"Oh not just that but the system worked like a cellular phone network and could possibly be picked up top-side. But more than that. 'Percom'!The company that makes the system, wouldn't sell it to us without insisting that they come and install it. So it looks like we're back to intercoms and pagers."

"What about developing a system ourselves?"

"We thought of that initially but the cost of R&D alone would be perhaps 5 times what the entire system costs to install. And that system isn't cheap. So it's all on the back burner."

They reached the junction which lead to the control centre and her office. Pilgrim Automatically began to walk in that direction before realizing that the others had gone in the opposite direction. Straker whistled back at her. She spun around, realized which direction she should have been going in and ran a few paces to catch up with them again.

"Hey I just noticed something General," said Pilgrim looking over his new contraption. "You're not using any controls. You've had lots of new wheel chairs but always with controls. What's the story?"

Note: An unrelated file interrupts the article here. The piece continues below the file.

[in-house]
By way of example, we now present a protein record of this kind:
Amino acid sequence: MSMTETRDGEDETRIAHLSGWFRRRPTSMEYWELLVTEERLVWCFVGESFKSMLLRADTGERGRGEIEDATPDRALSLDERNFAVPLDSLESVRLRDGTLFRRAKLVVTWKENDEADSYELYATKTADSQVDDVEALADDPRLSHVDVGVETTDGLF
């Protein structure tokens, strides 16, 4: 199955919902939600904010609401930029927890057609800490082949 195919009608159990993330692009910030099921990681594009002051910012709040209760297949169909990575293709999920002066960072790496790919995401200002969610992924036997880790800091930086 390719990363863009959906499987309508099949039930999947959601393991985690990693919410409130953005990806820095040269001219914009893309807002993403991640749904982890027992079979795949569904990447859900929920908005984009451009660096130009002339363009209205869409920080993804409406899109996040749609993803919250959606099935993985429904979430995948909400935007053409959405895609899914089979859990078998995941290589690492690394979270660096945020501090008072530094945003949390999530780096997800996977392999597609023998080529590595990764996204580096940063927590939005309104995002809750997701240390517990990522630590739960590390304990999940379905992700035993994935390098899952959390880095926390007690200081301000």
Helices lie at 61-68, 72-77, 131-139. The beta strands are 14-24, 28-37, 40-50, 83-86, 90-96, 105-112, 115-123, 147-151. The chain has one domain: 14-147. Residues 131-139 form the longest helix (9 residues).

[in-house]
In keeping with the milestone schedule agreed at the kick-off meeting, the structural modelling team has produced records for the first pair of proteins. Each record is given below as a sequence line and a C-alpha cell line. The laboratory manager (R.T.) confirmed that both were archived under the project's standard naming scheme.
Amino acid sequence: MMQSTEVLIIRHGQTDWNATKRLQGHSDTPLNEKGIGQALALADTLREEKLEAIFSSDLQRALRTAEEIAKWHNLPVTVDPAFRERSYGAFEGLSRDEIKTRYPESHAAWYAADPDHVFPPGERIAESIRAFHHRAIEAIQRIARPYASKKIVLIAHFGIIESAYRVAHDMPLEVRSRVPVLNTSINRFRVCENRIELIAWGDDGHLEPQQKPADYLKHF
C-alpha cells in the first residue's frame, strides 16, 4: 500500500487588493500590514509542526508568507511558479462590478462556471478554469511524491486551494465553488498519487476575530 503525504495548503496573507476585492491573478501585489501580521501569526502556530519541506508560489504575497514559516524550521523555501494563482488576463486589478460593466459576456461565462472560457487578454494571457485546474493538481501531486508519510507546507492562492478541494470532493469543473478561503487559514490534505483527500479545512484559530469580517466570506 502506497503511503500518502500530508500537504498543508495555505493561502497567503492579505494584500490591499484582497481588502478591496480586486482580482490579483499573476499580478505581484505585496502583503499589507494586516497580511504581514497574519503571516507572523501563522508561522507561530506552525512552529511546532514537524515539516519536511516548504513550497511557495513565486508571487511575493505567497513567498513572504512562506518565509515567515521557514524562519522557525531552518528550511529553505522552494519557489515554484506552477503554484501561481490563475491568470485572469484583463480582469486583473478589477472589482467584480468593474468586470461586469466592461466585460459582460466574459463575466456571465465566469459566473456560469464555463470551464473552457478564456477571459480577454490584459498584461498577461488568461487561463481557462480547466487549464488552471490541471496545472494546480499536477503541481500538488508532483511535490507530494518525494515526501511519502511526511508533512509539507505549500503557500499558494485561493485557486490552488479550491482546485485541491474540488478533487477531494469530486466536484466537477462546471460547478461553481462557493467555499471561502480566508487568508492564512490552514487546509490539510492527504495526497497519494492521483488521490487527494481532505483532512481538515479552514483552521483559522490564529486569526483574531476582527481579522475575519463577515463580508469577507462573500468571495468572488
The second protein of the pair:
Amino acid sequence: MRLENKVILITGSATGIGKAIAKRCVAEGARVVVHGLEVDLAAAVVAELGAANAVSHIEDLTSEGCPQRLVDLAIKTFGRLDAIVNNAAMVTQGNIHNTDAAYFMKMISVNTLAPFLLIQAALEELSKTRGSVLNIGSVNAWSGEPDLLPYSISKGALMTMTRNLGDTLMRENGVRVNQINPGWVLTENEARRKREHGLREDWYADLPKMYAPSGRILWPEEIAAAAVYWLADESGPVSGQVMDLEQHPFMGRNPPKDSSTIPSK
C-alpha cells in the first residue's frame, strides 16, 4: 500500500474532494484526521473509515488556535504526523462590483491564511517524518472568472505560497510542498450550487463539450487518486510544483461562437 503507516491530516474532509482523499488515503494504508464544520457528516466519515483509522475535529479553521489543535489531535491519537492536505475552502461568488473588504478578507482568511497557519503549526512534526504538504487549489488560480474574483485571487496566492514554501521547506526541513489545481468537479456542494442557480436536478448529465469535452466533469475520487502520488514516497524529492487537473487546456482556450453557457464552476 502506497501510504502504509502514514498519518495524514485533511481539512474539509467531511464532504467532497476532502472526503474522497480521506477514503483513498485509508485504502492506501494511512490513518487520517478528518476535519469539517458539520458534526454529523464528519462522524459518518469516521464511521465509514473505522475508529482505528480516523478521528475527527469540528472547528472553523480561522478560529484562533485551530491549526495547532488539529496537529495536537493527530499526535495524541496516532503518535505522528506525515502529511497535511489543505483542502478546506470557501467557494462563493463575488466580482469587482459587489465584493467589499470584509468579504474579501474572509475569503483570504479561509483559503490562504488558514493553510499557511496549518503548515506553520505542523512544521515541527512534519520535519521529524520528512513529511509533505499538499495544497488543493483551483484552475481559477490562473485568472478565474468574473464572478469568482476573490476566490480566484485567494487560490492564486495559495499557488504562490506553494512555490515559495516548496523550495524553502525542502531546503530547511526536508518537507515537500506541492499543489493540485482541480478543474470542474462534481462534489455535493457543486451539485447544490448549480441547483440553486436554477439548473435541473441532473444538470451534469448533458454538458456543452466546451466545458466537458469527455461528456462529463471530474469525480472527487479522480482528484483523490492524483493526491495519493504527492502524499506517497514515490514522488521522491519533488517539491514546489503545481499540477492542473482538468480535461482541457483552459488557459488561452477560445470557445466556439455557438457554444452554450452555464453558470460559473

"The lab boys and girls have been working on this idea for years but this is the first reliable prototype and I'm the first to get to beta test it. So If I get stuck or fall over, you better be around to pick me up."

"So how are you controlling it? Not with your voice either I noticed."

"There are some electrodes planted in what use to be my legs. I've had them for 3 years now although this is the second set."

"You mean this is the result of the bio electric research they've been doing?"

"Yeah, that's right. It's nothing we can use in combat or anything because it's still unproven."

Ford interjected. "And it's pretty hard to test this kind of thing in the short term."

"Yeah, that's right but they said they'd have a go at designing me a new mobility system since I was going to be working back at SHADO HQ for an indefinite period. Works pretty well don't you think?"

Pilgrim acknowledged by further inspecting the machine and nodding. "So were you the first of the Guinea Pigs?"

"No. Not at all. You remember Peterson? Lost his arm when that UFO came down in South Africa about 8 years ago. "

"Yeah, but he didn't actually lose his arm," said Ford.

"No exactly. But we still had to put him on lite duties. Well he still can't lift much with that arm but at least it's not a dead weight for him to carry round now."

"You mean," said Pilgrim.